The recent opening of Trillium Park, in Toronto, brings new green space to the city and marks a promising start to the revitalization of Ontario Place.
When it opened in 1971, spread across three artificial islands in Toronto’s west end, the Ontario Place theme park was a state-of-the-art, family-friendly attraction with an emphasis on outdoor entertainment. But even in the park’s heyday, the east end of the islands were never seen by tourists, as it was turned over to employee parking.
This began to change when the park closed for redevelopment in 2012. Last month, after two years of construction, the first phase of a new and improved Ontario Place opened to the public. Running the length of the largest island’s eastern shoreline, Trillium Park and William G. Davis Trail adds three-hectares of new public green space to city. Where there was once a barren parking lot, visitors can now find walking trails that wind through a hilly patchwork of wilderness-inspired terrain, from sand and boulders to grassy knolls and meadows full of native wildflowers.
Local landscape architecture firm LANDInc, headed by Patrick Morello and Walter Kehm, oversaw the transformation. As Morello explains, “The public really never had the view from the east side of this island, toward the city – which is a pretty spectacular view.” Now, much of the park emphasizes postcard-worthy panoramas of Toronto’s skyline. While the existing parking lot offered LANDInc a blank slate to work with, Morello says, “the challenge was to look beyond simply beautifying the site, and to create something that’s experiential.”
The firm’s first move was to raise the entire site by 1.5 metres; atop this new canvas, they added an entirely new topology of peaks and valleys. Their goal in this was threefold; first, sloping the site gently towards the water directs views to the lake and skyline. “Elevation helps create the illusion of additional space by borrowing landscape,” Morello says. “It’s a very narrow park in some areas, but the elevation change allows you to connect to the surrounding waterscape. Once you get up to the Summit at the very end, you get these magnificent 270-degree views of the lake.”
Ramping the site gently up toward the north side and covering the steep downward incline with a woodlot also breaks sightlines to the service road and administration buildings below. From atop the ridge, the view to the north is primarily sky and trees, even though utility space is just a few steps away.
Finally, the land’s new peaks and dips create moments of discovery throughout the park. “You can be in areas where you don’t realize you’re only 6 metres away from somebody else on the path,” Morello says, “but because of the type of vegetation and the natural setting that’s been created, you don’t perceive them.”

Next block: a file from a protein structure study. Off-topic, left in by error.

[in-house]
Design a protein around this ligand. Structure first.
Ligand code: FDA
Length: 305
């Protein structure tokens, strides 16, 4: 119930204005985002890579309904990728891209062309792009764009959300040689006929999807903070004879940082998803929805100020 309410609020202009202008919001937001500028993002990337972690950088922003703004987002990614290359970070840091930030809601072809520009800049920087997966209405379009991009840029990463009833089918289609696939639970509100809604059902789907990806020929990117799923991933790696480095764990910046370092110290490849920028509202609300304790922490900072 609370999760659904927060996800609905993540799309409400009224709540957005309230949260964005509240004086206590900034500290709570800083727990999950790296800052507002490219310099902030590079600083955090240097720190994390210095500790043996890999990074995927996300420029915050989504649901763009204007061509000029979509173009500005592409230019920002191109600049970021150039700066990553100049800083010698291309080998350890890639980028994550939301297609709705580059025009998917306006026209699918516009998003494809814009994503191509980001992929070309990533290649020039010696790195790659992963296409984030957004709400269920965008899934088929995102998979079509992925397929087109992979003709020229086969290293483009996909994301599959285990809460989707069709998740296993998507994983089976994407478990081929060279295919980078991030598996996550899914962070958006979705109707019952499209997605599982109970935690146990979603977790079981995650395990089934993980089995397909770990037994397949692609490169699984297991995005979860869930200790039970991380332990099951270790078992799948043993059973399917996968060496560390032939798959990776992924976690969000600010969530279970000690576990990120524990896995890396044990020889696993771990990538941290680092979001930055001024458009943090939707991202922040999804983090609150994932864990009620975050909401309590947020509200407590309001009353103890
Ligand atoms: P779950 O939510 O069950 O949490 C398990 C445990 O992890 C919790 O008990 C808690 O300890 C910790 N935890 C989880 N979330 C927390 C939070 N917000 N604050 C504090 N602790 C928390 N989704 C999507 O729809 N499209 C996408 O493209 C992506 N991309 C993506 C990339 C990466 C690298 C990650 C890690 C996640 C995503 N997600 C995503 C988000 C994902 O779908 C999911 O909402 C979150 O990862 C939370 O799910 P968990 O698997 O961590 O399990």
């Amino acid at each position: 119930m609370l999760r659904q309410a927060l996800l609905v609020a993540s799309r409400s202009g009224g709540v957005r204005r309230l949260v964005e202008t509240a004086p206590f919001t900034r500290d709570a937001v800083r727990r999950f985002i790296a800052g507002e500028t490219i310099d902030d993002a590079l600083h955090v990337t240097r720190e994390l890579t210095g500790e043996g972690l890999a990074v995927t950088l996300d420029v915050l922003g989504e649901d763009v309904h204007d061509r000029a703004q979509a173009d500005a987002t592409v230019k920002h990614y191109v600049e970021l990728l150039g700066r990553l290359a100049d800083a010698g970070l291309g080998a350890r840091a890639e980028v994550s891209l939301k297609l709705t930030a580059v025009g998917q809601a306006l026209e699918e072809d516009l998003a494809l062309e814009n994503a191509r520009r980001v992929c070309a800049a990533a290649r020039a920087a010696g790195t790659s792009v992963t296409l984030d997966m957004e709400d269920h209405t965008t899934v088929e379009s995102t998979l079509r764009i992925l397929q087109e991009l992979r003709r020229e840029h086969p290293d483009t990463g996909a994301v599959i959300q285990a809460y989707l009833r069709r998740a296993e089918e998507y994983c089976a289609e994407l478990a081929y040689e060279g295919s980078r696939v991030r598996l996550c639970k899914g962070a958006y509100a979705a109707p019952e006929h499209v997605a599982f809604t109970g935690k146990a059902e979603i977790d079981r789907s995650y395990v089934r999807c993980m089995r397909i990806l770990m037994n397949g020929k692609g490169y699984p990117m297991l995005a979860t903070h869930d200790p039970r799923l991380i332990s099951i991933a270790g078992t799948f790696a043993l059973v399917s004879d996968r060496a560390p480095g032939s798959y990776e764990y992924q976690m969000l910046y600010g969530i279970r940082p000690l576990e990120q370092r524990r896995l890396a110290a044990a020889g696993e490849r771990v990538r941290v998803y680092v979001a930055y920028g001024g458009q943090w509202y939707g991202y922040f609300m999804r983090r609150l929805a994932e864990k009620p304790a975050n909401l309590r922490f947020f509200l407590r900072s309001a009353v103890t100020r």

Along this undulating terrain, LANDInc has incorporated a few built structures, as well as areas defined by their use of different plantings or materials. One of the first structures visitors encounter on entering from the city is a footbridge-topped ravine, whose sides are lined in 140 slabs of pewter-grey Northern Ontario granite and inscribed with a moccasin engraving. This mural, like the marker trees scattered throughout the park, are a nod to the traditions of the Mississaugas of the New Credit First Nation, members of which were crucial advisors during the park’s three-and-a-half year public consultation process.
Further along the path, a towering gate, with galvanized steel doors and a glulam arch topped in slanting aluminum plates, will eventually lead to the heart of a completely reimagined Ontario Place. Close by, a pavilion based on a concept devised by redevelopment master-planner West8 offers the final architectural focal point. Like the gate, the pavilion is topped with steeply slanting lines — a reference to the peaks of evergreen trees.
One final addition, a floating dock, was put on hold due to unusually high lake levels; when it’s added, Morello says, “it will feel almost like you’re on a northern Ontario lake, visiting the cottage for the weekend.”
LANDInc used stone to create a range of textures throughout the park, including a beach of river rocks piled around winding pebble paths. And, at the centre of the park, in what’s sure to be a kid-pleasing attraction, the designers included a climbable bluff assembled from 1,540 tonnes of Muskoka granite; the largest of these boulders weighs 47 tonnes.
“It’s symbolic of a glacial moraine,” Morello says. “We spent days at the quarry trying to find unique stones; each one was hand-picked by our office. In fact, one day, one of the grandkids of the stonemasons was playing around on the rocks, so we watched him to discover what he was drawn to, and found some really unique stones.” The final composition was decided at the quarry, then carefully mapped and reassembled at Ontario Place using GPS and surveying tools.
But Trillium Park’s real draw is its greenery. An investment in 28,000 shrubs and 1,200 trees — and especially older red oak, red pine and sugar maple, rather than saplings — pays off; already, the park feels like a thriving ecosystem, and has attracted red-winged blackbirds and cedar waxwings. Elsewhere, guests can wander across grassy meadows, the largest of which is the Summit, a hill at the end of the trail, inspired by northern Ontario’s drumlins.
Atop the Summit is Hough’s Glade. “It’s a little opening in a wooded area — a memorial to Michael Hough, the original landscape architect on Ontario Place,” Morello says. “He very much believed in the regional landscape, and really, our whole concept is founded on that. The plantings in the Glade haven’t grown in yet — it will take a few years — but in time, it will be a very contemplative space.”